Morgan Stanley | One of the main calls of our retail analyst Geoff Ruddell (and outside the consensus) is to short Inditex. There is no…
Morgan Stanley | Spanish group Inditex has published for the first time numbers by region and data which show that it is extending the useful life of its assets, increasing the capitalisation of its IT spending and reducing provisions.
Morgan Stanley | There is no doubt that Inditex (ITX) is a high quality and well-managed business with an impressive historical record.
Inditex has presented its results for the first half of the fiscal year (1 February – 31 July 2018). The company obtained a net profit of 1.409 billion euros, which means an increase of 3% compared to the 1.366 billion euros in the same period last year.
Morgan Stanley | For the first time since its flotation (17 years ago), we put the recommendation as Sell (underweight) with an Objective Price which falls from 26 to 21 Euros.
Inditex has opened its first store in the world with an integrated online section in Stratford (London). Apart from the traditional clothing lines for men, women and children, the store also has an online section with computerised collection points for goods.
Ana Fuentes/Carlos Díaz Güell | “We were a very poor country which in the last 40 years has made a spectacular transformation. Today there are over 150,000 companies which export regularly and have exported at least in the last three years”, explains Carlos Espinosa de los Monteros, High Commissioner for the Spain Brand (Marca España), and privileged observer of the economic reality in Spain and how its business class has evolved over the last few decades.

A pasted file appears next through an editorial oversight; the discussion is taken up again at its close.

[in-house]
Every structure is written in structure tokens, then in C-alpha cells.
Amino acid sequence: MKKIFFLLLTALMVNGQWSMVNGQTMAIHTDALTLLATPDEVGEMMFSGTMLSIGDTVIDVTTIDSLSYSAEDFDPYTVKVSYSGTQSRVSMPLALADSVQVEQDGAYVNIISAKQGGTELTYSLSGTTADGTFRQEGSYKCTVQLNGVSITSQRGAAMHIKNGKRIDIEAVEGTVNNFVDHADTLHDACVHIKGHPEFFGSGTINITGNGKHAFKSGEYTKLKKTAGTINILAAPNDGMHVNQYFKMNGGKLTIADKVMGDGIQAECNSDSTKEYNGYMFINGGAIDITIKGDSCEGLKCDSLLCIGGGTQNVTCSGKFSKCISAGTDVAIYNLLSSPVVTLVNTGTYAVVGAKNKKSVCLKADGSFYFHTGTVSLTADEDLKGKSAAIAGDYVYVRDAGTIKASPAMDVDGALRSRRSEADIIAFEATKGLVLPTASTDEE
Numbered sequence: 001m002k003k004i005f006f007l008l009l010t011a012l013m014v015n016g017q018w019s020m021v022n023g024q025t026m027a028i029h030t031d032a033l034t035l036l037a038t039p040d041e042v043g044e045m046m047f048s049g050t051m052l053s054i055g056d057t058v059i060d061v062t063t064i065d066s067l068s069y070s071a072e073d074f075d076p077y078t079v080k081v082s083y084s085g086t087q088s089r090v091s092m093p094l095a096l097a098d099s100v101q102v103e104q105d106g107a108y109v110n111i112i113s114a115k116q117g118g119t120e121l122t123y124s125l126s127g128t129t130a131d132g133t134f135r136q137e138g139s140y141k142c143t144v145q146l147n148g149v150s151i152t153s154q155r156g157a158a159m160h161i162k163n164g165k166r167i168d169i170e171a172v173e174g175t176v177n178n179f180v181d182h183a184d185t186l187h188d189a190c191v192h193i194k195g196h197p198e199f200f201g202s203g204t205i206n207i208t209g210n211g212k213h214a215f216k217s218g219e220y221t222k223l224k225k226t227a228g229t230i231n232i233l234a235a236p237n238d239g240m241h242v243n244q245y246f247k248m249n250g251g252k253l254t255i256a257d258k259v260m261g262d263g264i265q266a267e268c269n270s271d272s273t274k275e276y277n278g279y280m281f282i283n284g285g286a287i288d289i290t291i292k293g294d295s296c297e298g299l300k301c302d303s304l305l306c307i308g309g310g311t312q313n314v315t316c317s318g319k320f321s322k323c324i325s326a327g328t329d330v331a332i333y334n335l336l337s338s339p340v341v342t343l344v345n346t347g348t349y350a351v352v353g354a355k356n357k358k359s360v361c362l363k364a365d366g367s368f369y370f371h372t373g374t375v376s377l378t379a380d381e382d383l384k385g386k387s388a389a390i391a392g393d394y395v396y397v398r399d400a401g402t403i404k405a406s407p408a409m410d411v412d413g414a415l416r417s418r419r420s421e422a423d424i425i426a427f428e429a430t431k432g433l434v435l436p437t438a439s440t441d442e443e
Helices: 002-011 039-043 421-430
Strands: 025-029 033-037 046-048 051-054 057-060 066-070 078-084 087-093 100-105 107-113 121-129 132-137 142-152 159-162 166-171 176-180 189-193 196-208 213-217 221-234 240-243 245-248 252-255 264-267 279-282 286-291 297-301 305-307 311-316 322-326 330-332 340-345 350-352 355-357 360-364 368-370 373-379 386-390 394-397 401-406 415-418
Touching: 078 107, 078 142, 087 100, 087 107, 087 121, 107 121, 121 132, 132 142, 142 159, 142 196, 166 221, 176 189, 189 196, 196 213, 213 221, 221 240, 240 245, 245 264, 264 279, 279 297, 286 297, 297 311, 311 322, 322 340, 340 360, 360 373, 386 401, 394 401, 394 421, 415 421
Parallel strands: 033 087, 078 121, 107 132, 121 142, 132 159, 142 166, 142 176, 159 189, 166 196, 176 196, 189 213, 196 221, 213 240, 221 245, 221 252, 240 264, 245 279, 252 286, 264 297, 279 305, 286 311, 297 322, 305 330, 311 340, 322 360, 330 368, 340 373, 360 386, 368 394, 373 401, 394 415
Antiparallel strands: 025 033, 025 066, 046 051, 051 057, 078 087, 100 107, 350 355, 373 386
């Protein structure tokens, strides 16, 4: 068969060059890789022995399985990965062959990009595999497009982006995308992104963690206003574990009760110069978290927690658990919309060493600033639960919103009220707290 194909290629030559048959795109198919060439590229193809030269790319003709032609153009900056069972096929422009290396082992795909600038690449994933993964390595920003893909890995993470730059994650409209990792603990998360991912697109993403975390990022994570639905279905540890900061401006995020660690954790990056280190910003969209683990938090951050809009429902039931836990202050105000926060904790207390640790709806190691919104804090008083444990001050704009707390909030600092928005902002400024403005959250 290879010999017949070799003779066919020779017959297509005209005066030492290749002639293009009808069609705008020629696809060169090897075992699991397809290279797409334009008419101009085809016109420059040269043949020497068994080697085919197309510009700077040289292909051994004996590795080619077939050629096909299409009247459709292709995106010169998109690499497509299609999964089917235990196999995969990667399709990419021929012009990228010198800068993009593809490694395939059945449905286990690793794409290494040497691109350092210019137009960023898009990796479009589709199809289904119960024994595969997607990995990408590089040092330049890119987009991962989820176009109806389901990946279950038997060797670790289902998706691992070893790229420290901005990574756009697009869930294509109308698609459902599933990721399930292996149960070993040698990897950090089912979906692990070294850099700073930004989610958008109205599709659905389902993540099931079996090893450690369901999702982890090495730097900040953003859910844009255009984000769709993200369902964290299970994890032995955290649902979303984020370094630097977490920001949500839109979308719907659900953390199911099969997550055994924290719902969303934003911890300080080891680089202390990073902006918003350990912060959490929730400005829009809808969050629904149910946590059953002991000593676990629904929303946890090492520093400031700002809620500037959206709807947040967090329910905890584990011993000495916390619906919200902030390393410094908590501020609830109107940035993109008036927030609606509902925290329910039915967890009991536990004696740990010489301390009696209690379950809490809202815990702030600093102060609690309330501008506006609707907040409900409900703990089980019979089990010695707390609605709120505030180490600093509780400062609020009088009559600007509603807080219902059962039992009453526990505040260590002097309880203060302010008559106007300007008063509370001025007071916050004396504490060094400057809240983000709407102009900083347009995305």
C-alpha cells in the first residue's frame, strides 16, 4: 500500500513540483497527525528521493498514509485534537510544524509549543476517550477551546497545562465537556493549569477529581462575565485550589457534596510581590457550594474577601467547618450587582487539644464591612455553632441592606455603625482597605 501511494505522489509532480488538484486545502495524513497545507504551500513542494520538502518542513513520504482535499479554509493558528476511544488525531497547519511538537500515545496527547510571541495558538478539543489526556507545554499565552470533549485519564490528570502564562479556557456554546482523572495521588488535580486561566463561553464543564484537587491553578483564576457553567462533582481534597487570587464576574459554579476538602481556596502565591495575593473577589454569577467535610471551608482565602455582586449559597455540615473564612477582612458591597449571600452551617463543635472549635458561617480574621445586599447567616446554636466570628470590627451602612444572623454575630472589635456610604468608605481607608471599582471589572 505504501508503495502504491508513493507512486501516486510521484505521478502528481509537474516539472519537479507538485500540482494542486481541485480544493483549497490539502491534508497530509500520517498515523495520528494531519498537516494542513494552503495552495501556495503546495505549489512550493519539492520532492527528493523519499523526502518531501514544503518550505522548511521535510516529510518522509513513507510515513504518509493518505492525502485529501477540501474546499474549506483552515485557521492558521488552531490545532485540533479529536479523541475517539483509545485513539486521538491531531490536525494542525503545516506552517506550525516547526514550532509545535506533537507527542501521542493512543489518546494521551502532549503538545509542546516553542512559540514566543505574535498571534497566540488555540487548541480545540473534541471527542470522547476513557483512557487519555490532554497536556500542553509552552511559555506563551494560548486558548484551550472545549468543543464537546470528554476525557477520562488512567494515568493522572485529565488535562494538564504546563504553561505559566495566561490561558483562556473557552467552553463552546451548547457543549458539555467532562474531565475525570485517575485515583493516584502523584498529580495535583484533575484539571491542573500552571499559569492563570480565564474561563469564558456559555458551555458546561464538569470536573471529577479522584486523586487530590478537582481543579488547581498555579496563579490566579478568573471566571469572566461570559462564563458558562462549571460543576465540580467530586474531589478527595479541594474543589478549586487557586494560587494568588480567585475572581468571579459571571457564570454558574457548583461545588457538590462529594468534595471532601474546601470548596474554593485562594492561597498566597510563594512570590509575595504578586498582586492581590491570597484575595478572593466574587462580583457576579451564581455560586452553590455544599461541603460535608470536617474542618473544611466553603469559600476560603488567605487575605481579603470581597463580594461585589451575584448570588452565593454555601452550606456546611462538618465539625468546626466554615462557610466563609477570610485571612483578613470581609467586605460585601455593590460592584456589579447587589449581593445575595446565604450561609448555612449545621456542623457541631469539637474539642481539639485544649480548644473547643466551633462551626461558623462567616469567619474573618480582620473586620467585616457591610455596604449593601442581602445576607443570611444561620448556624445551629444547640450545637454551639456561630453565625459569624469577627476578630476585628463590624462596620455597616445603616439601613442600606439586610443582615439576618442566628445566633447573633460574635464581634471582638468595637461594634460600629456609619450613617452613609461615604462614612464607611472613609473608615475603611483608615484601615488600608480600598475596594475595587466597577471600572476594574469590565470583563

Inditex founder, Amancio Ortega, is still the person with the largest fortune in Spain, with 70 billion euros, followed by his daughter Sandra Ortega and and Mercadona chairman, Juan Roig. The three business people top the list of the 100 biggest national fortunes drawn up by Forbes.
Spanish retailer Inditex is the largest in Europe, more than twice the size of the number 2. Kering. With over 7,000 stores and 150,000 employees globally, it continues to outpace its rivals mainly due to its flexible business model.
This week Inditex approved the appointment of Baroness Denise Kingsmill to its board of directors, as well as a long-term incentive plan, in cash and shares, for up to 600 company executives, including chairman Pablo Isla. The company also said it will not alter any plans it has for the UK despite Brexit.